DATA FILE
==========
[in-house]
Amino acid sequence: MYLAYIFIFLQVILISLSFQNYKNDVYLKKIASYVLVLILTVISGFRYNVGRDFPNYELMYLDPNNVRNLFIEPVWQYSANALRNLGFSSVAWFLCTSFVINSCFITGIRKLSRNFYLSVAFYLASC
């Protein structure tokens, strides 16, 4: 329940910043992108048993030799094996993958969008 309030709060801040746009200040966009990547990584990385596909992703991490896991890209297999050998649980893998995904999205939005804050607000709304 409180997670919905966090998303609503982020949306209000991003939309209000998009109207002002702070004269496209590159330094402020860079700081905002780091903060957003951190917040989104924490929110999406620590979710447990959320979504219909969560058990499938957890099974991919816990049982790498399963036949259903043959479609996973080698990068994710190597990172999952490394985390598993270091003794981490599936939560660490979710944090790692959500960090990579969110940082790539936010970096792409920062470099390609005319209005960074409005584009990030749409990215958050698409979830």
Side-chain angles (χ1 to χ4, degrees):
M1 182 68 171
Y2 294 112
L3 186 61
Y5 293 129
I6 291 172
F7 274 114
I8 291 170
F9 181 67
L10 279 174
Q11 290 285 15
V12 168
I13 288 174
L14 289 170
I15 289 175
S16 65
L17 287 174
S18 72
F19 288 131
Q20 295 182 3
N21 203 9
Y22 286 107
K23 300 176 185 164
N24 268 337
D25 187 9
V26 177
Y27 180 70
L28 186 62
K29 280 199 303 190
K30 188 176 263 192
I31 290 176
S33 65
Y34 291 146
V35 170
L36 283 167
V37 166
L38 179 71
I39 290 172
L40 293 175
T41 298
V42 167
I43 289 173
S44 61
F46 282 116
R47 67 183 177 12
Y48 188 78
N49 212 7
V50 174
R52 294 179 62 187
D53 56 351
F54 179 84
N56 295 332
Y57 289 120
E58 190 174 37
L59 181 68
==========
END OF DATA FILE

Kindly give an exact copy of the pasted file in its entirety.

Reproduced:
[in-house]
Amino acid sequence: MYLAYIFIFLQVILISLSFQNYKNDVYLKKIASYVLVLILTVISGFRYNVGRDFPNYELMYLDPNNVRNLFIEPVWQYSANALRNLGFSSVAWFLCTSFVINSCFITGIRKLSRNFYLSVAFYLASC
């Protein structure tokens, strides 16, 4: 329940910043992108048993030799094996993958969008 309030709060801040746009200040966009990547990584990385596909992703991490896991890209297999050998649980893998995904999205939005804050607000709304 409180997670919905966090998303609503982020949306209000991003939309209000998009109207002002702070004269496209590159330094402020860079700081905002780091903060957003951190917040989104924490929110999406620590979710447990959320979504219909969560058990499938957890099974991919816990049982790498399963036949259903043959479609996973080698990068994710190597990172999952490394985390598993270091003794981490599936939560660490979710944090790692959500960090990579969110940082790539936010970096792409920062470099390609005319209005960074409005584009990030749409990215958050698409979830």
Side-chain angles (χ1 to χ4, degrees):
M1 182 68 171
Y2 294 112
L3 186 61
Y5 293 129
I6 291 172
F7 274 114
I8 291 170
F9 181 67
L10 279 174
Q11 290 285 15
V12 168
I13 288 174
L14 289 170
I15 289 175
S16 65
L17 287 174
S18 72
F19 288 131
Q20 295 182 3
N21 203 9
Y22 286 107
K23 300 176 185 164
N24 268 337
D25 187 9
V26 177
Y27 180 70
L28 186 62
K29 280 199 303 190
K30 188 176 263 192
I31 290 176
S33 65
Y34 291 146
V35 170
L36 283 167
V37 166
L38 179 71
I39 290 172
L40 293 175
T41 298
V42 167
I43 289 173
S44 61
F46 282 116
R47 67 183 177 12
Y48 188 78
N49 212 7
V50 174
R52 294 179 62 187
D53 56 351
F54 179 84
N56 295 332
Y57 289 120
E58 190 174 37
L59 181 68